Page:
In late June, the Shatzkin Files worked up an interesting comparison of data on publishing. The study looked at how authors used to perform before self-publishing became such a big trend. Generally, there were always the big authors, few enough in number. Then came the midlist, authors who did well enough but who had to build to the breakout over the course of several books…if they ever broke out. And then came the ones who sank quickly after publication.
Now, self-publishing is changing the economics for authors but not necessarily in a good way. With so many additional titles available, the midlist author is being squeezed out. There is simply too much static in the background for them to make a splash. The big authors, meanwhile, keep getting bigger as readers turn more and more toward the names they recognize.
And the third group, the rest who sink, is growing larger. These elements impact authors no matter if they have self-published or gone to a traditional house. Take this into account when you consider stepping into the indie arena…it might be harder than you think. And remember, too, that you can self-publish and still approach agents and publishers with the same book at the same time.
BookStats now estimates that publishers are making more money off of internet sales (for print and ebooks) than from revenues created by brick-and-mortar stores.
The difference in the percentages is small but this is a first.
Keep this in mind as you go about marketing your book…whether it’s traditionally published or indie produced, ebook or print. If you need help, the Writer’s Resource marketing plan is geared specifically toward low-cost and no-cost digital opportunities.
A new ebook subscription service will offer 1 million titles.
Bllon will launch in beta form this summer. Details on how many books readers can view each month still aren’t clear but 3 ebooks will be provided for free when users first subscribe.
Although Bllon is based in Germany, similar services for the American market average 500,000 titles. So keep an eye out for Oyster and Scribd to ramp up their games and match that number.
Seth MacFarlane has promised to match up to $1 million for the Reading Rainbow crowdfunding campaign. Reading Rainbow is an app used in schools by young readers, and the campaign aims to provide it to low-income students.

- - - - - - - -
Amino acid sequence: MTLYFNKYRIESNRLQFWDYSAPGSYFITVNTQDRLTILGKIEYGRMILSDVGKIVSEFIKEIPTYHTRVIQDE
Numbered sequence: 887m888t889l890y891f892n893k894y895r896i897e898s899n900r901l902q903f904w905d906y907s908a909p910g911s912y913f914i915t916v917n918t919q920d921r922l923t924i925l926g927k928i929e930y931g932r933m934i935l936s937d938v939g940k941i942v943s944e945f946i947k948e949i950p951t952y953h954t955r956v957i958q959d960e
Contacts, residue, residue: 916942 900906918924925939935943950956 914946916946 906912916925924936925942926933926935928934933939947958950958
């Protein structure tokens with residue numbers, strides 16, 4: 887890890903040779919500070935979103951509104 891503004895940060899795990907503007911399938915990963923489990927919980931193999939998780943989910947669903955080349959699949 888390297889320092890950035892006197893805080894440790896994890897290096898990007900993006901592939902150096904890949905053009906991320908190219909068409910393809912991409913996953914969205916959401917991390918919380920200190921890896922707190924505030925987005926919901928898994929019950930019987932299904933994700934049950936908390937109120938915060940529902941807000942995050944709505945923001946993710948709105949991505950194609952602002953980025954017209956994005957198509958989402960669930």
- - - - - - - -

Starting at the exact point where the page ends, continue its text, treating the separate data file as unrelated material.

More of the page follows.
This move mirrors a trend overseas that in some cases isn’t a trend…it’s part of other nation’s cultures. Governments in some European countries have long provided tax breaks, grants and other incentives to authors, bookstores and publishers. Some of it has happened recently because publishing is taking such a beating worldwide. Much of it, however, has been in place for a century. The understanding that literature is valuable to a nation’s identity and culture is too strong to simply allow publishers to forge ahead on their own.
America should wake up to this fact. Individuals are doing their part by contributing to crowdfunding campaigns for small presses, bookstores and authors. But more needs to be done. We need to support authors in meaningful financial ways. We need to help bookstores and publishers not just survive but thrive.
What is your best idea to help?
The Guardian is running a contest for juvenile manuscripts. Their crop of shortlisted entries has been anything but depressing or dark. Instead, they said they are looking for entries “that make the make-believe seem real.”
Lately there’s been talk of a turn toward more realistic fiction in YA and younger titles. This is mostly due to the success of The Fault In Our Stars. But the dystopian and darker elements, along with speculative works, aren’t done yet. If you doubt that, consider how long the vampire craze lasted…over a decade.
So if you’re working on something dark, dystopian, or just plain speculative, know that the market will still welcome your submissions.
A group of authors with debut novels launching in 2015 called the Freshman Fifteens has teamed up with online writing community Wattpad for a writing contest. Entries are open now.
The Common Room Teen Mentoring Contest will pair 15 winning authors aged 13 to 19 with a member of the Freshman Fifteens. The established authors will mentor the teens through the writing and publishing process. The 15 winning entries will also be published in Common Room, an anthology being put out by Wattpad in January 2015.
This is a great chance for adults who are in the lives of teens to encourage their writing dreams. I’ve had the chance to work with teenagers through Writer’s Resource, and every time it has been a fantastic, high-energy experience. My clients, although young, achieved publication, and it changed their lives. Help out your best teen pal by telling them about this contest!